Work has already began at Argentina’s mAbxience lab. They are ready to receive the technology permitting the manufacture of millions of doses of a vaccine against Covid-19, with aspirations it will be ready for Latin America in the first half of 2021.
"It’s [a source of] immense pride, we’re all excited, seeking information to begin work as soon as possible. The enthusiasm is enormous," Lucas Filgueira Risso, director of operations at two mAbxience plants, told AFP.
Some 40 kilometres north of Buenos Aires in Garín lies the plant inaugurated last February to produce biosimilar monoclonal antibodies, which will be transformed to counter Covid-19. It will elaborate for Latin America the vaccine developed by the alliance between the University of Oxford and the laboratory AstraZeneca, financed by the Fundación Slim of the Mexican tycoon Carlos Slim.
The latest technology in disposable bio-reactors will produce the viral particles, the main active ingredient of the vaccine which later will be completed in Mexico, where between 150 and 250 million doses will be packaged for equitable distribution in all Latin American countries, save Brazil.
"This partnership will be between private companies with the difference that the sales of the vaccine will be non-profit, making for a production which will be cheap and available for everybody," affirms Filgueira Risso.
As of last week Latin America and the Caribbean is the region with the most cases of confirmed Covid-19 contagion (almost six million) and deaths (nearly a quarter million). Five Latin American countries also rank among the 10 most affected of the planet: Brazil (second), Peru, (7th), Mexico (8th), Colombia (9th) and Chile (10th).
The cost of the vaccine is estimated at between three and four dollars, said President Alberto Fernández when announcing production last week. In Argentina a more flexible quarantine will continue until at least August 30.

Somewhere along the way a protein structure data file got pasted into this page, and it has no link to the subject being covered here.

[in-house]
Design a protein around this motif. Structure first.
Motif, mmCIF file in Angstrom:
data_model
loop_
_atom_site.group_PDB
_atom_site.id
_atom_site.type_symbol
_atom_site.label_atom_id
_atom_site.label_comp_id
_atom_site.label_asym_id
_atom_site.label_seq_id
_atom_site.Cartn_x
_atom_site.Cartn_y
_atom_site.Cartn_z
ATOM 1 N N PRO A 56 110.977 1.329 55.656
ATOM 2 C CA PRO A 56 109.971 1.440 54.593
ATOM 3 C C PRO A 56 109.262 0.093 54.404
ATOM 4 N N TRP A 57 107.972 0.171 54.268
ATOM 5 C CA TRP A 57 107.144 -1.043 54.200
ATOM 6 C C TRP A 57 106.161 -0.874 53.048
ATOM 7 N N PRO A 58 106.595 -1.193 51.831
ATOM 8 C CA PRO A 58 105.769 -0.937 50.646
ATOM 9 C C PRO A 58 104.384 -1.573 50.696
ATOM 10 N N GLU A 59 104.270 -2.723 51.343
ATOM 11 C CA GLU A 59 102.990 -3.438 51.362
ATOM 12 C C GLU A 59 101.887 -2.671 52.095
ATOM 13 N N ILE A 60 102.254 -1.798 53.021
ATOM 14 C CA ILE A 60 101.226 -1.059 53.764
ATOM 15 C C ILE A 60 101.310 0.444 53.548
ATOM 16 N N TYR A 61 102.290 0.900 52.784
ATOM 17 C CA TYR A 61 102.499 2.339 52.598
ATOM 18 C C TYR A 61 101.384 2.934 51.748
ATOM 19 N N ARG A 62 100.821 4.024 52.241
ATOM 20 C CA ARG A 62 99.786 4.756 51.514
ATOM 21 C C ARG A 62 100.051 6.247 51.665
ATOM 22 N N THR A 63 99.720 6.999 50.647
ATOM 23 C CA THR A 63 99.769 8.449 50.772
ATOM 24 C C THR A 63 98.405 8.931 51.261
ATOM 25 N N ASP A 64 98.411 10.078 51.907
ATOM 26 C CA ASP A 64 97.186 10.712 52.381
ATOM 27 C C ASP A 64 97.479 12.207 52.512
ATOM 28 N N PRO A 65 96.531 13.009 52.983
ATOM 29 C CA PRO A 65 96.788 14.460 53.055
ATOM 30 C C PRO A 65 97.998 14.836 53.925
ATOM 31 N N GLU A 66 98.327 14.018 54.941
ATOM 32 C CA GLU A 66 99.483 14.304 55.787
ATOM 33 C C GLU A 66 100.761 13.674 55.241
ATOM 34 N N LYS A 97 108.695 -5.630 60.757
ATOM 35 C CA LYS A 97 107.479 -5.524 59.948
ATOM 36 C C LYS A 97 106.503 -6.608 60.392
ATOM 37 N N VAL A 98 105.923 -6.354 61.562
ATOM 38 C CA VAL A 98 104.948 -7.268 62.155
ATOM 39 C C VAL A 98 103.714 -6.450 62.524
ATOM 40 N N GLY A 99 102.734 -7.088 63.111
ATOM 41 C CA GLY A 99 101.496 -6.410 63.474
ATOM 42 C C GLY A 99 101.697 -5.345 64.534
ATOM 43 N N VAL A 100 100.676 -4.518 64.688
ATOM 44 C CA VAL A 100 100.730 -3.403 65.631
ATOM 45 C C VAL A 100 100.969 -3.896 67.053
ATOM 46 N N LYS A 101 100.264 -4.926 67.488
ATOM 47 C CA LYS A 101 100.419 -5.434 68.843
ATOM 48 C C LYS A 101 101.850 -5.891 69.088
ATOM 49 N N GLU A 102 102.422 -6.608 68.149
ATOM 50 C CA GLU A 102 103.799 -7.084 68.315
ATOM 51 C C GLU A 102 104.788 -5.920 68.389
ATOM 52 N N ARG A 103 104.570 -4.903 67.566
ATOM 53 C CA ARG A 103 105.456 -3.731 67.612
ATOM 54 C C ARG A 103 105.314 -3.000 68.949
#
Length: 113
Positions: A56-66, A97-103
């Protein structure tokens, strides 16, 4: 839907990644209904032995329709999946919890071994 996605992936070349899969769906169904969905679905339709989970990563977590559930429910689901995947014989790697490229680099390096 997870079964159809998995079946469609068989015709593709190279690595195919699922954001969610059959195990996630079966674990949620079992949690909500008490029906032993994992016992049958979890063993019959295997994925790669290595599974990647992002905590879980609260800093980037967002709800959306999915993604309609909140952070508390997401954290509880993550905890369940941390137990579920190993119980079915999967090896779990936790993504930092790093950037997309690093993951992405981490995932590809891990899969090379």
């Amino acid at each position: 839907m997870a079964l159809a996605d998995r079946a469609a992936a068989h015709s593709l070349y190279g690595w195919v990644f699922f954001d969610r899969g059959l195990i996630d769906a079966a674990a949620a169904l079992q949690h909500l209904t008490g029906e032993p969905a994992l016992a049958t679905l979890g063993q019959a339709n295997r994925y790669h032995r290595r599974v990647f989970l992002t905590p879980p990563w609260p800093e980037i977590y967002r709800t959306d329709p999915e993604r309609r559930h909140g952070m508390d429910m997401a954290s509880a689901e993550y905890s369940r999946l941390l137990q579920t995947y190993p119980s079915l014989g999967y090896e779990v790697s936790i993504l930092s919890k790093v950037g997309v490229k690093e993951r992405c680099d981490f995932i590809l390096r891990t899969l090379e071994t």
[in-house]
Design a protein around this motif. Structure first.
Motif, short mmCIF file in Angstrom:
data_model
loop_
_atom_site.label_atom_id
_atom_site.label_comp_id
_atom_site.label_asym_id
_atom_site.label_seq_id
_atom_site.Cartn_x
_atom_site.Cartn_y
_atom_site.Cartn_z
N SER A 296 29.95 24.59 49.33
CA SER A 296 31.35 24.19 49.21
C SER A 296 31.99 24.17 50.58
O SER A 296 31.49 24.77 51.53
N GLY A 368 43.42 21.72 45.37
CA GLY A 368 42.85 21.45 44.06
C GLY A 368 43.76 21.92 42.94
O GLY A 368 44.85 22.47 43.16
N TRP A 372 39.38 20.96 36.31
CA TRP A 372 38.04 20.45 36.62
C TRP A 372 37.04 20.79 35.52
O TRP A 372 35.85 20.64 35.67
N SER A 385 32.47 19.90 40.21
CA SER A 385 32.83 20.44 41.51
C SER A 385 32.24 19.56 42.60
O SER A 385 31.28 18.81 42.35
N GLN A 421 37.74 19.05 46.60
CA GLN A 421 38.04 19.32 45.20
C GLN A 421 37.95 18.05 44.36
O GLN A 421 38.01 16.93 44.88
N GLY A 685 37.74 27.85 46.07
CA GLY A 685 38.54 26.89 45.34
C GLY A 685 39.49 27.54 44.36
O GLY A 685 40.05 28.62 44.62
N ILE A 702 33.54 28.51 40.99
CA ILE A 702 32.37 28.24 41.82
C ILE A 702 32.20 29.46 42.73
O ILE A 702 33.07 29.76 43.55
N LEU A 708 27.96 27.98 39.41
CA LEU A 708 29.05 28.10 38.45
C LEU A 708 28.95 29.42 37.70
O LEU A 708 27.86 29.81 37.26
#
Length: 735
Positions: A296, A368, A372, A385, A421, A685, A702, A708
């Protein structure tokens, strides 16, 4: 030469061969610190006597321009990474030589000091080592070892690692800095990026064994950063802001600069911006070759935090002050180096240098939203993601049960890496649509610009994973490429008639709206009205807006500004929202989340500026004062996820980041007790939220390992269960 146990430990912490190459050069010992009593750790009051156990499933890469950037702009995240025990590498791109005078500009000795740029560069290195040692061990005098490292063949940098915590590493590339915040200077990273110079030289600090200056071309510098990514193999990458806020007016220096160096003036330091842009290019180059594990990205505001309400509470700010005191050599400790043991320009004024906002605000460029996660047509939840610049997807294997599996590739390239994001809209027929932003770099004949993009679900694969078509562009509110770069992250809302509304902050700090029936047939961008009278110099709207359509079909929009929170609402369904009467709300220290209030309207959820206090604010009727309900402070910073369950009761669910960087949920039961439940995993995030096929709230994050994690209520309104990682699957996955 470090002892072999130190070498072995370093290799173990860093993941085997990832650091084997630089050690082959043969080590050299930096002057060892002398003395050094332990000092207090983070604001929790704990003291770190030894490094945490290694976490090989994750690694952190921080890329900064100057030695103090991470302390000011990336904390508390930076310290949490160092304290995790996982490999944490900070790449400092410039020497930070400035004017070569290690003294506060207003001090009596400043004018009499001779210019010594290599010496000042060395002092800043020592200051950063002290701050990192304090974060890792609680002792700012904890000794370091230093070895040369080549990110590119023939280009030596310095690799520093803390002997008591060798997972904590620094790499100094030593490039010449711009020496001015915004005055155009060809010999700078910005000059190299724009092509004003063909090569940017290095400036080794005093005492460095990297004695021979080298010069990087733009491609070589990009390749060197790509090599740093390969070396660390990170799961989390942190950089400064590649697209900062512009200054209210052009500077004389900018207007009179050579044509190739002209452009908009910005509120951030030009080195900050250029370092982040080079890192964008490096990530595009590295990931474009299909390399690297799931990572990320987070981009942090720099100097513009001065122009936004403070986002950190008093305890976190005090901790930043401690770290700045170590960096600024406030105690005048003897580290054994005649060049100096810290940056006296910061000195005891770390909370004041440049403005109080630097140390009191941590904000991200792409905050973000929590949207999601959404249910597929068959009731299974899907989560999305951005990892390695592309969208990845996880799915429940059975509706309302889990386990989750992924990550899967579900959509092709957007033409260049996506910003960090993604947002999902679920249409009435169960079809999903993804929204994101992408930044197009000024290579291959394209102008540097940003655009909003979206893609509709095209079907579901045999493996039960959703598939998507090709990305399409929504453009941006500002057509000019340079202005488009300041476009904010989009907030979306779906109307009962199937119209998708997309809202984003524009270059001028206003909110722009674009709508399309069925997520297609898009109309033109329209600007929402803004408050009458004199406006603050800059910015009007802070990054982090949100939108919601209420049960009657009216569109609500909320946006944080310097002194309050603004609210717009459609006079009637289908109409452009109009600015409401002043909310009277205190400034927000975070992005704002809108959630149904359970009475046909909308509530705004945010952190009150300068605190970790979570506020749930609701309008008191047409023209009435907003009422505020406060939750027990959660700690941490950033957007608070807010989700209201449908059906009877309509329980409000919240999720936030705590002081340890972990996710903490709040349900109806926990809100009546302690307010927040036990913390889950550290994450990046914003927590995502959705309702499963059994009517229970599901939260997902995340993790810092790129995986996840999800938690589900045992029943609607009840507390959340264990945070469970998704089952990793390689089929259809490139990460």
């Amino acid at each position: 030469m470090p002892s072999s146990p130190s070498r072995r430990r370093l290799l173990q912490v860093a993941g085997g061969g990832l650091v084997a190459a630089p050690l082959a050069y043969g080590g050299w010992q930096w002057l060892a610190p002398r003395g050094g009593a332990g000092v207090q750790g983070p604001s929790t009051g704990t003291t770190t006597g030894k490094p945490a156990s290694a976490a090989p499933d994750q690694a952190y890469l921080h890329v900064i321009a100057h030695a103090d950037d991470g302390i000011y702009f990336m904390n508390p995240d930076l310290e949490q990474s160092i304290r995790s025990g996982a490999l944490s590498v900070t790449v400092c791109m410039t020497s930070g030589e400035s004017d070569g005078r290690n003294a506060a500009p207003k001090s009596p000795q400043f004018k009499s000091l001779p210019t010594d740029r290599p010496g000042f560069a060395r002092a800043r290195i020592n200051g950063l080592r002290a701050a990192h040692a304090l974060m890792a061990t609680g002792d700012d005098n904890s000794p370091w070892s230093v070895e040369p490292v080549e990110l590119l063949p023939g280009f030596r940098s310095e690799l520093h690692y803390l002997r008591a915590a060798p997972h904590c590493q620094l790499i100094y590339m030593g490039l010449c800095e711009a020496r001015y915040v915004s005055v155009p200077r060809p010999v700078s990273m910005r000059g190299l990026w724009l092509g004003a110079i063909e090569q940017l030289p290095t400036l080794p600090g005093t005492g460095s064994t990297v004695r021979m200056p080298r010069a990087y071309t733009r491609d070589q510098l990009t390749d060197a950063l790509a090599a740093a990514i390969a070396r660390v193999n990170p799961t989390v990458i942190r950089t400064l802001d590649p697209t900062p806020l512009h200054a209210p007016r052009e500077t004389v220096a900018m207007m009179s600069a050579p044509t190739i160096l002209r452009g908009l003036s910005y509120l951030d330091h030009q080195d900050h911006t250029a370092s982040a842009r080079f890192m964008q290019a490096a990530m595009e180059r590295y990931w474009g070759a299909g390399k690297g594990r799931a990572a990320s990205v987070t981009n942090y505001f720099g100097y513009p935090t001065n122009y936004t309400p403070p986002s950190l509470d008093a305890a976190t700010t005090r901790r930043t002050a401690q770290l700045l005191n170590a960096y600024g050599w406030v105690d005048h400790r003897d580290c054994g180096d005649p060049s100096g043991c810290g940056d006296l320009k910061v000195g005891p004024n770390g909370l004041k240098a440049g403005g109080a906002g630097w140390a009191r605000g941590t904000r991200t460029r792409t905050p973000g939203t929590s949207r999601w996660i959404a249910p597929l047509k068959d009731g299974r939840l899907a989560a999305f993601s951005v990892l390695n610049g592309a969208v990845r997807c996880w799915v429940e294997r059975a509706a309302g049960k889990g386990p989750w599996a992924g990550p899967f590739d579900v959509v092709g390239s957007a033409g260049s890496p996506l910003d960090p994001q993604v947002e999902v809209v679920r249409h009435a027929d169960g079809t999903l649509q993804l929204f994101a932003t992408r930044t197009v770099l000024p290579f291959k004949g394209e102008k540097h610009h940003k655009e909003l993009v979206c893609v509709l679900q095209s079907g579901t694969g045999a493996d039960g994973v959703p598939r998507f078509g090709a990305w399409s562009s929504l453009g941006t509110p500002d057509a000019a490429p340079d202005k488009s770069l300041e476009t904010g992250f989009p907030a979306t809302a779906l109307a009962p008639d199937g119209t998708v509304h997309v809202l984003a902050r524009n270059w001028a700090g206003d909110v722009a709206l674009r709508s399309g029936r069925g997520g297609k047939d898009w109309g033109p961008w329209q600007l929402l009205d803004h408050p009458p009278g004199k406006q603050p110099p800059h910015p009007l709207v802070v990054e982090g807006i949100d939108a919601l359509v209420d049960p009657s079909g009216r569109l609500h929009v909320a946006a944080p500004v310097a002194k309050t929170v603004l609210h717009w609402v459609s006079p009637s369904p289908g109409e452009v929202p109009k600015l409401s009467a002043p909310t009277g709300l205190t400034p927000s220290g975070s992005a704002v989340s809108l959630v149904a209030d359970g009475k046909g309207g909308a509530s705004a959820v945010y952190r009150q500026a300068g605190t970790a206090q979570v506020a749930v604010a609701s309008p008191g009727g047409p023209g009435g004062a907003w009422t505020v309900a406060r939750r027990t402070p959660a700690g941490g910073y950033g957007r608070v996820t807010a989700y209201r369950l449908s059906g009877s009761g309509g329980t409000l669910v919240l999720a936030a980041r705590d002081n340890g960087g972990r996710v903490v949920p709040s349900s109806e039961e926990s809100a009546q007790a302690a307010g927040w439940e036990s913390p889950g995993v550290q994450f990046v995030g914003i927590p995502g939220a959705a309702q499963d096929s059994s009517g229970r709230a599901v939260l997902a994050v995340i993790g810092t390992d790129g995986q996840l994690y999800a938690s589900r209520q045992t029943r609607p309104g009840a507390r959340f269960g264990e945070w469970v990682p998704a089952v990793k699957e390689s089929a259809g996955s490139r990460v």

The first clinical tests for the AstraZeneca vaccine produced an important immunological response while demonstrating to be safe for patients.
Its efficacy must be established in Phase III tests with a much bigger number of participants before proceeding to its marketing on a mass scale.
Local scientists are optimistic that Phase III will have good results so that anticipating production will permit "months to be gained to have stock," as other countries are already doing.
The first tests on a broad scale are planned for November and if all goes well, "in February we will be sending the antigens produced here to Mexico where filling them up will takes its time. The vaccines must be released to be approved by the authorities. It seems to me that the first batches will be available in the middle of the first half of 2021," Filgueira Risso declared.
In Argentina, the plant has the installed capacity to produce 20-25 million doses monthly, a quantity which they are seeking to duplicate with two new bio-reactors they could receive.
"This guarantees us having the vaccine because the production is for Latin America", highlights Filgueira Risso, explaining that mAbxience was the laboratory chosen "for a combo of Argentina’s scientific and technological history and plant availability."
The laboratory belongs to the Grupo Insud owned by Hugo Sigman, an Argentine medical graduate of the University of Buenos Aires who lived for several years in Spain.
Owner of one of the country’s biggest fortunes together with his wife Silvia Gold, Sigman is also a producer of the K&S Film company, recognised for having financed movies like El Clan and the award-winning Relatos Salvajes.